High Tone Son of a Bitch have two four-trackers currently available. Their Better You Than Me originally came out on CD through Shifty Records in 2003 and though Velocipede was recorded in 2004 it didn’t actually see proper release until 2018 when they put it up on Bandcamp. Last June brought the new single Death of a New Day / Eye in the Sky (discussed here) that was the band’s first proper offering in 16 years and preceded a stop at the opening night of thehigh tone son of a bitch lifecycles eps of htsob inaugural Desertfest NYC (review here) at Saint Vitus Bar. I don’t know how much if any of that material will be included in Lifecycles when it comes out, but there was still plenty more of stuff recorded that apparently never made it to the public, and thus we have the arrival of “Wicked Threads.”

As to what the original plan for the song might have been, I couldn’t say, but with a militaristic snare and wistful guitar and mellotron lines at the outset, the song sets an immediately brooding spirit. Gritty vocals arrive in emotive fashion and give direction to the arrangement, which remains dramatic if not theatrical in such a way as to pull back from the central regret being expressed. The title refers — no, not to your new jeans — to part of a concept that encompasses the entirety of the three-song progression from which the track comes. It’s not as immediately aggressive as they were on stage when I saw them last Spring or as noise-rocking as some of their other material is, but “Wicked Threads” gives some sense of High Tone Son of a Bitch‘s atmospheric resonance and the general breadth of what they used to do. Part of the story, much like this release itself is a part of their overarching narrative.

When it comes to what they’ll do next, however, I’ve no idea. I don’t know if they’re actually signed to Tee Pee or if there’s a new album or another EP or something else brewing, or to what or where their tour plans might take them and when, but even as they look back with Lifecycles: EPs of HTSOB, they make it clear they’re beginning that cycle anew, and moving forward.

Again, the release is March 20. Some more background follows the track below.

Please enjoy:

Paul Kott on “Wicked Threads”:

The Wicked Threads EP is a concept album that spans the past 12,000 years of human history in three songs. It examines the impact of the emergence of class systems, including believing in gods and the development of organized religions, priesthoods, rulers and ruled, and economic classes, has had. The song “Wicked Threads” is set in the modern era of late-stage capitalism, in the wake of thousands of years of these systems of control holding sway over humanity. It’s viewed through the lens of my experience growing up in a dead textile mill town called Lewiston, Maine. Many generations of the people of who live and die in these towns all across America and the world have a long history of being fucked over by wealthy elites. Many of these same people (not everyone, mind you), having been exploited, sucked dry, and ultimately abandoned, seem to fawn over and venerate those who are exploiting them, to adore them. There is almost a worship of the idea of a return to the days when the mills were running full steam and the bosses rang bells to tell them what to do and when. It’s like Stockholm Syndrome, to love your captors, love your abusers.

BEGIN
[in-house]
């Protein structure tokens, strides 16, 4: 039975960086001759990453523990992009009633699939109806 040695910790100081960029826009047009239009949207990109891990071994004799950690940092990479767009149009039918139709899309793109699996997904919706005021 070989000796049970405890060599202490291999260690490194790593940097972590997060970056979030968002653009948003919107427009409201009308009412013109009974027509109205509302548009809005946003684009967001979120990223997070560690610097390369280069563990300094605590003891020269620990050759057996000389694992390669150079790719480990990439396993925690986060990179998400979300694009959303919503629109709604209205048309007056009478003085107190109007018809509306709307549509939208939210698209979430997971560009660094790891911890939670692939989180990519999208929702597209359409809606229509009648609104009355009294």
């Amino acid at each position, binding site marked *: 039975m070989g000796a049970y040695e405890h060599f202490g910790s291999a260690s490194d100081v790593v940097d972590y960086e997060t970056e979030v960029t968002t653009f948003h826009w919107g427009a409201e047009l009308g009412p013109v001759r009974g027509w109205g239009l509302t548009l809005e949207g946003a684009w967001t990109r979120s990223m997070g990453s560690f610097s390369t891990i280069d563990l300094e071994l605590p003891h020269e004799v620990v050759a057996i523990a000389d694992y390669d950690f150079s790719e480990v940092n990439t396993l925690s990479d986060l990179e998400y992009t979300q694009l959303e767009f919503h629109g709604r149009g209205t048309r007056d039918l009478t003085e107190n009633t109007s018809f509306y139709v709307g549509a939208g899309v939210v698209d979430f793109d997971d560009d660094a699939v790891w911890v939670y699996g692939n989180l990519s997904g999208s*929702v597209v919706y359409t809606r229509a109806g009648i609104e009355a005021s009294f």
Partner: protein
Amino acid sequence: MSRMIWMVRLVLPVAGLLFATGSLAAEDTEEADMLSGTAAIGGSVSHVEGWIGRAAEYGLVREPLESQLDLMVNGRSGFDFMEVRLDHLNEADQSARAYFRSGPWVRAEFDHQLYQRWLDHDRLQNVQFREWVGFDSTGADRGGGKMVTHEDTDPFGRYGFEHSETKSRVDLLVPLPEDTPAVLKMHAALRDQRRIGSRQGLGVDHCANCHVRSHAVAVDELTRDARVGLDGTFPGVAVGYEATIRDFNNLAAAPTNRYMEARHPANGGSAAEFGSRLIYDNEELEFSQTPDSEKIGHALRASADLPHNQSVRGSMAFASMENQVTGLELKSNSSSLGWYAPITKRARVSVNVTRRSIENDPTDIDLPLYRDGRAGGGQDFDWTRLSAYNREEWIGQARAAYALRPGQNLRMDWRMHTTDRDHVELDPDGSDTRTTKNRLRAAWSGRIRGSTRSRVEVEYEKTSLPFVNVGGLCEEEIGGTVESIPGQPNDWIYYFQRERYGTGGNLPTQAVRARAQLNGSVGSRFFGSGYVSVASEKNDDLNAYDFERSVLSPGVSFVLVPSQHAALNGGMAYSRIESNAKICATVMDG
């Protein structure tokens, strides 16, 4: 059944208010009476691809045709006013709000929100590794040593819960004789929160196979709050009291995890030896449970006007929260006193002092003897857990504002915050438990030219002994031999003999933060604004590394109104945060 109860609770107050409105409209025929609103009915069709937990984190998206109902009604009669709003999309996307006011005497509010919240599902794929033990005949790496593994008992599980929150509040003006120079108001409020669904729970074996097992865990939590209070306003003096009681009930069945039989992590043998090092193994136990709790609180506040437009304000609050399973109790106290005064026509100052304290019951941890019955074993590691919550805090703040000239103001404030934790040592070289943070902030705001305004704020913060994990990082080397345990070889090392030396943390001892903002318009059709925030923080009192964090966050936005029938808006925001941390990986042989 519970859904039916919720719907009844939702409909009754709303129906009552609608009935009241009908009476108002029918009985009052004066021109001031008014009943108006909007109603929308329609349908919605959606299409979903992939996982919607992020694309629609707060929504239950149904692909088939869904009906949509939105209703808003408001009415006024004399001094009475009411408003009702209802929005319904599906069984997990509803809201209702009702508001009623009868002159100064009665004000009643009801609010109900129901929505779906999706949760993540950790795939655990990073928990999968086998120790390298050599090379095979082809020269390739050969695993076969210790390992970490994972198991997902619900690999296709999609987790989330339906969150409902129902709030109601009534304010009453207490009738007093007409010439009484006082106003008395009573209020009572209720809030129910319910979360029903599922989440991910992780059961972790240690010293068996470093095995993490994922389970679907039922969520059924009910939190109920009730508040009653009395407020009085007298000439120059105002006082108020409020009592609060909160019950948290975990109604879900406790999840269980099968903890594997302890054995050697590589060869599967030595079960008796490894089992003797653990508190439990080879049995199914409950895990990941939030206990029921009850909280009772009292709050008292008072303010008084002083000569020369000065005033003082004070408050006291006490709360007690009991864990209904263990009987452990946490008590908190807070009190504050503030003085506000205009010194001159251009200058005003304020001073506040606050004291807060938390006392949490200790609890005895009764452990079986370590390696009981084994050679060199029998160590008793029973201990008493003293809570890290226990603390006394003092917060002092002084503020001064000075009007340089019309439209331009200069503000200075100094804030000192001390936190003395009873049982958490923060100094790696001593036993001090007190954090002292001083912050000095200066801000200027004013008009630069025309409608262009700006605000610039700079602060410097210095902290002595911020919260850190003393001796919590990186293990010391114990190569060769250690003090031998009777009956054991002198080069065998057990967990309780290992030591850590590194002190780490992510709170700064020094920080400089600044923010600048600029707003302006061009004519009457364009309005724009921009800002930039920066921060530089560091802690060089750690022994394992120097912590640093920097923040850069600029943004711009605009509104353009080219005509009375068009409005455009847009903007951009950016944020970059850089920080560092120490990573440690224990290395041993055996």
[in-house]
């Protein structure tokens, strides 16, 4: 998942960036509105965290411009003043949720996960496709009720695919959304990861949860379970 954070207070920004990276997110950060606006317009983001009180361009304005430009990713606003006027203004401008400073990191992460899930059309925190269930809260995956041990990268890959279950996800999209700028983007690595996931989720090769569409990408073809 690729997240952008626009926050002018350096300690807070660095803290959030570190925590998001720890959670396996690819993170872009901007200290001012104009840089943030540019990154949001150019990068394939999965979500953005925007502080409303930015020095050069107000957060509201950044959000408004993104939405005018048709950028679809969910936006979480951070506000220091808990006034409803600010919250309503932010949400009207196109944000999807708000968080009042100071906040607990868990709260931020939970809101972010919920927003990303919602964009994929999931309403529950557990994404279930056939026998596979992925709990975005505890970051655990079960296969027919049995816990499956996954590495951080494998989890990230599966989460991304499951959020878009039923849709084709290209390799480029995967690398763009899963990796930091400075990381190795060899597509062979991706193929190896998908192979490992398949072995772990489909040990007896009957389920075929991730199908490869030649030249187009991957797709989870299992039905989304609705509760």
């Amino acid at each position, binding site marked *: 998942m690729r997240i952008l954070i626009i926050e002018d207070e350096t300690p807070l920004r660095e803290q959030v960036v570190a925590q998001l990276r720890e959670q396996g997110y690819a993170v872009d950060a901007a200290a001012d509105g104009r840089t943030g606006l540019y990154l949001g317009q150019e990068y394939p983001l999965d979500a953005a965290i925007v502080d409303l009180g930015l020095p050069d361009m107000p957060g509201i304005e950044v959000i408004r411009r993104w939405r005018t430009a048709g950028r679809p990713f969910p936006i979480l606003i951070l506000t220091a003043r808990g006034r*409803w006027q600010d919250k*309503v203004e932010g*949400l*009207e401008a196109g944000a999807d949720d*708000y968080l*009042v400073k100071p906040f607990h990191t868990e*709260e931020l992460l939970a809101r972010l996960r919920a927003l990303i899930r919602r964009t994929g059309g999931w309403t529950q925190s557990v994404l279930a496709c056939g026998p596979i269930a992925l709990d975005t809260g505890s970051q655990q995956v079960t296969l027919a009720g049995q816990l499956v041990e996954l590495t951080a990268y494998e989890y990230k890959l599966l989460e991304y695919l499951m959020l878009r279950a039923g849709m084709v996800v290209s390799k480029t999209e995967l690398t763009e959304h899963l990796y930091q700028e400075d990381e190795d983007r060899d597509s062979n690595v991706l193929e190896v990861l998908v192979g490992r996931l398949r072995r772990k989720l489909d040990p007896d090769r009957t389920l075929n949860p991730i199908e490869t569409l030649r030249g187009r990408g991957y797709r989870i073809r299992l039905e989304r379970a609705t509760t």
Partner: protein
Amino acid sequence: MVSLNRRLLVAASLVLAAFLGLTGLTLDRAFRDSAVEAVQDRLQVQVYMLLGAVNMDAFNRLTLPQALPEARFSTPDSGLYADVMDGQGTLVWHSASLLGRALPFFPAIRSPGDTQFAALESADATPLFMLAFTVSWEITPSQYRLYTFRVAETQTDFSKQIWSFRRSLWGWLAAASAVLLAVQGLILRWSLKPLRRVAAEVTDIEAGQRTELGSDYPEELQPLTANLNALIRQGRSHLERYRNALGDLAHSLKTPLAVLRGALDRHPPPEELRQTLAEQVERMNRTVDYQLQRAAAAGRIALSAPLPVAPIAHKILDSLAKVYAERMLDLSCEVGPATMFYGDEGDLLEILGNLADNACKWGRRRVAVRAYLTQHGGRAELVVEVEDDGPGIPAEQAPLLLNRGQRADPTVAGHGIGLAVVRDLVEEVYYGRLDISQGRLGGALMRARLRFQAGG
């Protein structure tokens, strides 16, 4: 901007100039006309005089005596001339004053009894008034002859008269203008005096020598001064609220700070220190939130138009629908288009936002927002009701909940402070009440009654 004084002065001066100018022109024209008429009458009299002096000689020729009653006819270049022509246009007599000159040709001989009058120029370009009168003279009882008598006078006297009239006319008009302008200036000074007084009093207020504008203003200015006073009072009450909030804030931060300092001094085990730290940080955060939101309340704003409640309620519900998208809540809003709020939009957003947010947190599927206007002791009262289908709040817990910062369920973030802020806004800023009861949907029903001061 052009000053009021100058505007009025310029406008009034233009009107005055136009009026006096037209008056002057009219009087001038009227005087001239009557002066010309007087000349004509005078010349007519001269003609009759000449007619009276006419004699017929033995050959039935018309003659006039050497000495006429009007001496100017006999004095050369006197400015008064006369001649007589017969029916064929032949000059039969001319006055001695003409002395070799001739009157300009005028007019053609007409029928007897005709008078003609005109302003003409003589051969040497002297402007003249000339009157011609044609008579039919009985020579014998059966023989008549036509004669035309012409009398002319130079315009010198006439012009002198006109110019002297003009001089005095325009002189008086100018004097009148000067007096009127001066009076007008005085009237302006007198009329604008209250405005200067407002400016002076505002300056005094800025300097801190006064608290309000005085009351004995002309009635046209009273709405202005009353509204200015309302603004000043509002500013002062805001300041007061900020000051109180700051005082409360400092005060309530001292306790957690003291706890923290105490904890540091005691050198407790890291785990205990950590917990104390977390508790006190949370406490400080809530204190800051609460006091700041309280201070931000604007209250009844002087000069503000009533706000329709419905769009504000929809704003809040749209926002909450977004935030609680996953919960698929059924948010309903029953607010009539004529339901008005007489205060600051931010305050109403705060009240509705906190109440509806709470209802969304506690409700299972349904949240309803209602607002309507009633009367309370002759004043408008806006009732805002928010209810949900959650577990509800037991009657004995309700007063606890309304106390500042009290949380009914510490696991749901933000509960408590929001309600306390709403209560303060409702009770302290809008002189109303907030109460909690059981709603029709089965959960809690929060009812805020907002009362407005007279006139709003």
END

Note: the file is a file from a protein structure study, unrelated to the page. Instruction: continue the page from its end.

iTunes: https://music.apple.com/us/album/lifecycles-eps-of-htsob/1496428597?ls=1&app=itunes
Apple Music: https://music.apple.com/us/album/lifecycles-eps-of-htsob/1496428597?ls=1
Download: http://amazon.com/dp/B08469W2FX
Unlimited: http://music.amazon.com/albums/B08469W2FX

Originally formed by brothers Paul and Andrew Kott from the ashes of Oakland prog/doom sludge masters Cruevo, and preceding the Matt Pike-fronted Bay Area metal “supergroup” Kalas, High Tone Son of a Bitch (HTSOB) is a “supergroup” unto itself. Since its founding, HTSOB has pulled together members and collaborators from bands like Noothgrush, Kalas, Hammers of Misfortune, Men of Porn, Melvins, Hawkwind, Neurosis, High on Fire, Sleep, Necrot, The Skull, Worshipper and more. When Andrew Kott died unexpectedly in a tragic fall in 2007, HTSOB disbanded – seemingly forever.

Paul Kott revived the band – at the urging of his Latin Grammy-winning nephew Juan Herrera (Andrew’s step-son) – in 2019. Through lineup changes and regular collaborations that have included some of the most important underground musicians of the modern era, Paul has allowed his brother’s inspiration to live on, carrying the psychedelic hard rock and post-doom vision of HTSOB forward – all the while remaining uncompromisingly true to the musical roots the brothers established years ago.

High Tone Son of a Bitch transcends not only genre archetype but death itself, to weave an essential portrait of the dualistic nature of our lives. This retrospective of 4 EPs simultaneously speaks to the fragility and resilience of the human experience as it spans the years covering the formation of the band, its musical growth, the death of Andrew Kott (one of 2 co-founding brothers), and the path to a rebirth and new life in music and beyond by surviving brother Paul Kott.

High Tone Son of a Bitch on Thee Facebooks

High Tone Son of a Bitch on Bandcamp

Tee Pee Records website

Tee Pee Records on Thee Facebooks

Tee Pee Records on Bandcamp